State v. Peters

Decision Date10 November 2022
Docket Number20220074,20220075
Citation2022 ND 196
PartiesState of North Dakota, Plaintiff and Appellee v. Cole Lee Peters, Defendant and Appellant
CourtNorth Dakota Supreme Court

2022 ND 196

State of North Dakota, Plaintiff and Appellee

Cole Lee Peters, Defendant and Appellant

Nos. 20220074, 20220075

Supreme Court of North Dakota

November 10, 2022

Appeal from the District Court of Williams County, Northwest Judicial District, the Honorable Joshua B. Rustad, Judge.

Nathan K. Madden, Assistant State's Attorney, Williston, N.D., for plaintiff and appellee.

Benjamin C. Pulkrabek, Mandan, N.D., for defendant and appellant.




[¶1] Cole Lee Peters appeals from criminal judgments for terrorizing, two counts of gross sexual imposition, attempted murder, and felonious restraint. Peters argues on appeal that the State violated his right to a speedy trial, that the district court erred when it failed to exclude duplicate photographs of B.C., the victim, and that the court should have given a curative instruction to the jury on the duplicate pictures. We affirm the judgments.


[¶2] Peters physically and sexually assaulted B.C. at a hotel on the evening of December 27, 2019. Police officers arrested Peters on December 28, and on December 31 the court entered a scheduling order setting a criminal jury trial for May 4, 2020. Consistent with this Court's Administrative Order 25 suspending jury trials during the COVID-19 pandemic, the trial was rescheduled to June 29, 2020, and again to August 24, 2020. Later, the court granted the State's motion to reschedule, resetting the trial for October 19, 2020.Peters then made two motions which delayed the trial to February 8, 2021,and then the parties stipulated to reschedule the trial for April 5, 2021. COVID-19 protocols prevented an expert witness, the DNA analyst assigned to Peters' case, from being able to travel to North Dakota and testify at his trial. The court rescheduled the trial to June 28, 2021, in response to the State's motion. On June 10, 2021, the parties again stipulated to reschedule the trial for a date after July 31, 2021, because the North Dakota State Crime Laboratory's biological screener who was assigned to Peters' case was out on maternity leave. At this point, Peters had not yet asserted his speedy trial right, nor had he objected to any of the delays. A trial was held on August 23, 2021, but it ended in a mistrial. On September 3, 2021, Peters moved to dismiss for violations of his speedy trial right, and the court denied the motion. Peters' second trial began on September 20, 2021. This trial was delayed because a member of the jury panel tested positive for COVID-19. During this delay, Peters again moved to dismiss for violation of his speedy trial right, and the


court denied the motion. The trial resumed on October 13, 2021, and the jury found Peters guilty of all charges.

[¶3] On the night of the incident, B.C. was admitted to the hospital for treatment of her injuries. Police officers obtained photographs of B.C.'s injuries taken the night of the incident and days later after the swelling of B.C.'s injuries had subsided. At trial, the court admitted these photographs over Peters' objection. On appeal Peters argues that the State violated his right to speedy trial, that the photographs admitted by the district court were cumulative in violation of N.D.R.Ev. 403, and that the court erred in not issuing a curative instruction relating to the photographs.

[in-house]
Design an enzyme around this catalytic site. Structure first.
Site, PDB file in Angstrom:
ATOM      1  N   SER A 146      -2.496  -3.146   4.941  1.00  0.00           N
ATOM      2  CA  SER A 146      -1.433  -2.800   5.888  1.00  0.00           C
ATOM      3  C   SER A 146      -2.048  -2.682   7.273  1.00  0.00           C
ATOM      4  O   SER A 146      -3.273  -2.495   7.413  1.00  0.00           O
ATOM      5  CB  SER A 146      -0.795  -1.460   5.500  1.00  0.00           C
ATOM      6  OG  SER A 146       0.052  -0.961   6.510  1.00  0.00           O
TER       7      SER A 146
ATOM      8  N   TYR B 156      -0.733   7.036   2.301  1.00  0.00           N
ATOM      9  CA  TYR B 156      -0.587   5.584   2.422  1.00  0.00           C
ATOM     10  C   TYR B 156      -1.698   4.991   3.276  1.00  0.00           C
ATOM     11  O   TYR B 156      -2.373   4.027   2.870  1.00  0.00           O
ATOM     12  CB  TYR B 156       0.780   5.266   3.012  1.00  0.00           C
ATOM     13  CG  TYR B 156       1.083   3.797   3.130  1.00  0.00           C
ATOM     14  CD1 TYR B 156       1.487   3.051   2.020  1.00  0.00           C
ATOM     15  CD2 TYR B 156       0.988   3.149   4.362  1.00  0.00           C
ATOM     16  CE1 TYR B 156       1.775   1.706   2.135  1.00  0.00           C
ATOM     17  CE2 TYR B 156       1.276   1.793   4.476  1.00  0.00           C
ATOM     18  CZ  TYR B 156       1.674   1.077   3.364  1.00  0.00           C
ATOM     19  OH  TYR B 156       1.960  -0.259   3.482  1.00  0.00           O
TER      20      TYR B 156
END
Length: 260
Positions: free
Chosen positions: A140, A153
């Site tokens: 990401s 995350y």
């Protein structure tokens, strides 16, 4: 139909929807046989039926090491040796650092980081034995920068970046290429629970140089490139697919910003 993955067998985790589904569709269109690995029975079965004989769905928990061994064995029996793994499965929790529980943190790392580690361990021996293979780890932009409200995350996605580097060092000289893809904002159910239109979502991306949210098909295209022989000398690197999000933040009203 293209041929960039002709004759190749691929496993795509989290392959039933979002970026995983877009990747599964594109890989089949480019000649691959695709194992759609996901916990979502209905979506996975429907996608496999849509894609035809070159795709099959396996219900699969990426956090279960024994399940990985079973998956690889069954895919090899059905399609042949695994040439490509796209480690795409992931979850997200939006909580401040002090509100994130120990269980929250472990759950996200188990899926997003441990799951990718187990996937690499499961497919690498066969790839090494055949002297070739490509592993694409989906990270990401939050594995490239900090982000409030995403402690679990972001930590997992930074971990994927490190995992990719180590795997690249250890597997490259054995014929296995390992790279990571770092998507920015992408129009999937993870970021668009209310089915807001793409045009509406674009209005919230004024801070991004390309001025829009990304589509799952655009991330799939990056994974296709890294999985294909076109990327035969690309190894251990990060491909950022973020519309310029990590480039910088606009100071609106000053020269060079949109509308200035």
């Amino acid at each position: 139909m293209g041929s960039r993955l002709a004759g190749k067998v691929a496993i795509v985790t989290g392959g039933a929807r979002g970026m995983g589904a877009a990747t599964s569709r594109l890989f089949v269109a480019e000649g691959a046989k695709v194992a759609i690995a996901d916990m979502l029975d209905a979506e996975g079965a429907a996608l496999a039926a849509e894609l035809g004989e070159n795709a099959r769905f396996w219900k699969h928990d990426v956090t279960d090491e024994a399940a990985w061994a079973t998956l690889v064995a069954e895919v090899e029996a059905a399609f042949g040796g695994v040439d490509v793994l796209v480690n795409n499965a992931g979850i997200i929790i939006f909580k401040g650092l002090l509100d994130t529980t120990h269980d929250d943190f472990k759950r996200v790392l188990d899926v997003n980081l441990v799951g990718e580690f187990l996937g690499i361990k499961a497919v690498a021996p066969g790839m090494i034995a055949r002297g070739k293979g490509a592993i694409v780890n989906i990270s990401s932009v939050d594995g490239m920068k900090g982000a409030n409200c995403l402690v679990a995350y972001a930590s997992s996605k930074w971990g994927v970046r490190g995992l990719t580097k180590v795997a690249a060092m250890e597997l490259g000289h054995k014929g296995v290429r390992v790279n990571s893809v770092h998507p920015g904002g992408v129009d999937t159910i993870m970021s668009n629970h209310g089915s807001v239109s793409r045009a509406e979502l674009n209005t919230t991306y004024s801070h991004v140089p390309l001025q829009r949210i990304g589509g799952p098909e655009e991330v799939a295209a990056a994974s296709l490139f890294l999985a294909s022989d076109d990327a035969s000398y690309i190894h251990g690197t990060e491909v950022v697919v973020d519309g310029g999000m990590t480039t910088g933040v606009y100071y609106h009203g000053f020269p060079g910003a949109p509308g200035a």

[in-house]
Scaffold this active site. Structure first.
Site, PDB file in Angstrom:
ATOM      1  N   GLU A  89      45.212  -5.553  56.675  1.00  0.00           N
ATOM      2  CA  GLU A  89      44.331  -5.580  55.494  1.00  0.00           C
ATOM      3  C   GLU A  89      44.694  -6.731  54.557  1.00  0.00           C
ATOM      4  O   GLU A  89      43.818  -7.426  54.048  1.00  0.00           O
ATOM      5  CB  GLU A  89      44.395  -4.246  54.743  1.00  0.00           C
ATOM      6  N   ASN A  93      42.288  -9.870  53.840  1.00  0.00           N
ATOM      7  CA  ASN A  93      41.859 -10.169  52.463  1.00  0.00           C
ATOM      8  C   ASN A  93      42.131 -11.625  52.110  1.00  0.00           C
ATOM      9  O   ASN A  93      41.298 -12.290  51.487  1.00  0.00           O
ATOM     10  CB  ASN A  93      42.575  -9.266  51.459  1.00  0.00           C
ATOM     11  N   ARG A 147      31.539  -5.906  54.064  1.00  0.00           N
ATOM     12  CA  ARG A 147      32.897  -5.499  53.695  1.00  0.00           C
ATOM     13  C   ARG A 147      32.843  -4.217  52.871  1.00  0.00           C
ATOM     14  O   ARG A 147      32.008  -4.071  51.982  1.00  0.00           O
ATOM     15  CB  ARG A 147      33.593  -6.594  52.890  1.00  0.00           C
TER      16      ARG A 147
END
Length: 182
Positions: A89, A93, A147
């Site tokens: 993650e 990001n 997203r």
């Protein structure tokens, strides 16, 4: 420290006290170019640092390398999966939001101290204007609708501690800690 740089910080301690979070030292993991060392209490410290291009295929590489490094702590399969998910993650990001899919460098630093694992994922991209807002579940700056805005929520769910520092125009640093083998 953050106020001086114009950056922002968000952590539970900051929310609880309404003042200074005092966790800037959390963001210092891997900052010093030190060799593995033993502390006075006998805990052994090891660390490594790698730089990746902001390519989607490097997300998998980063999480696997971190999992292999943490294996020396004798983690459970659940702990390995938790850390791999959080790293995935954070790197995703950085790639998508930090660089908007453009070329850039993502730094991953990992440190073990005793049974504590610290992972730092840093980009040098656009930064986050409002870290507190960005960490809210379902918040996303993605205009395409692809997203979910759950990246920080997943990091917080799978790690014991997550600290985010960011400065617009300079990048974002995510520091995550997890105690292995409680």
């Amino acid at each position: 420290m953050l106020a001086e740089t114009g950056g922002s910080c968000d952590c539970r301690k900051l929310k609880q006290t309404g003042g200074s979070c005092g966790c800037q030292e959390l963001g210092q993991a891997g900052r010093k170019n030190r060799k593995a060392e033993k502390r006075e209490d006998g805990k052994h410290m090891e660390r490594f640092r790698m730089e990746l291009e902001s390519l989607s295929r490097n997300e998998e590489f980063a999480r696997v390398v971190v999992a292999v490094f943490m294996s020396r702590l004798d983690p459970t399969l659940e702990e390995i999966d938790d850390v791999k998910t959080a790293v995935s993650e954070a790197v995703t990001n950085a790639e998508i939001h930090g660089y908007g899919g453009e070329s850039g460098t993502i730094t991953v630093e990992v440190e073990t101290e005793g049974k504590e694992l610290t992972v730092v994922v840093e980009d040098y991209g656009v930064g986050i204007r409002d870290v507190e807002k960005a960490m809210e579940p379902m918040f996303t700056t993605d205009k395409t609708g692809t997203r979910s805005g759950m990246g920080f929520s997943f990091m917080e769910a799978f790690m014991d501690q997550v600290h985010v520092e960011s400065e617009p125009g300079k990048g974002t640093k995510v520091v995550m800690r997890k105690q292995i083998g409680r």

[¶4] Peters argues his constitutional right to a speedy trial was violated.

[¶5] A criminal defendant's right to speedy trial is protected by the Sixth Amendment to the United States Constitution and N.D. Const. art. I, § 12. State v. Wayland, 2020 ND 106, ¶ 7, 942 N.W.2d 841. We conduct a de novo review of the district court's overall assessment, but review the court's factual findings for clear error. Id. at ¶ 8; United States v. Sims, 847 F.3d 630, 634 (8th Cir. 2017). The district court must analyze four factors to evaluate a speedy trial claim: "length of the delay, reason for the delay, proper assertion of the right, and actual prejudice to the accused." Koenig v. State, 2018 ND 59, ¶ 20, 907 N.W.2d 344 (citing State v. Hall, 2017 ND 124, ¶ 11, 894 N.W.2d 836). The factors are related, none is dispositive, and they must be considered together along with other circumstances. State v. Hamre, 2019 ND 86, ¶ 11, 924 N.W.2d 776.


[¶6] The length of delay is the time between either the arrest or indictment, whichever is first, and the beginning of the trial. State v. Borland, 2021 ND 52, ¶ 14, 956 N.W.2d 412; Sims, 847 F.3d at 634. Under the first factor, "a delay of one year or more is 'presumptively prejudicial' and triggers an analysis of the other speedy trial factors." Hamre, 2019 ND 86, ¶ 11. Peters' trial began on


September 20, 2021, almost twenty-one months after his arrest. This delay is presumptively prejudicial and triggers analysis of the other speedy trial factors.


[¶7] The reason-for-delay factor weighs heavily against the State if the State deliberately delays trial to obstruct the defense. Borland, 2021 ND 52, ¶ 16. A lack of diligence in prosecution or docket overcrowding weighs less heavily against the State. Id. "A valid reason for delay, such as a missing witness, will not be weighed against the State." Id. (citing Barker v. Wingo, 407 U.S. 514, 531...

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1 cases
  • State v. Labrecque
    • United States
    • Vermont Supreme Court
    • July 7, 2023
    ...853 (10th Cir. 2023). Others have concluded that such delays are justified and therefore not attributable to the government. See State v. Peters, 2022 ND 196, ¶ 7, N.W.2d 874; United States v. Pair, 522 F.Supp.3d 185, 194-95 (E.D. Va. 2021) (collecting sources); State v. Mize, 2022-Ohio-316......

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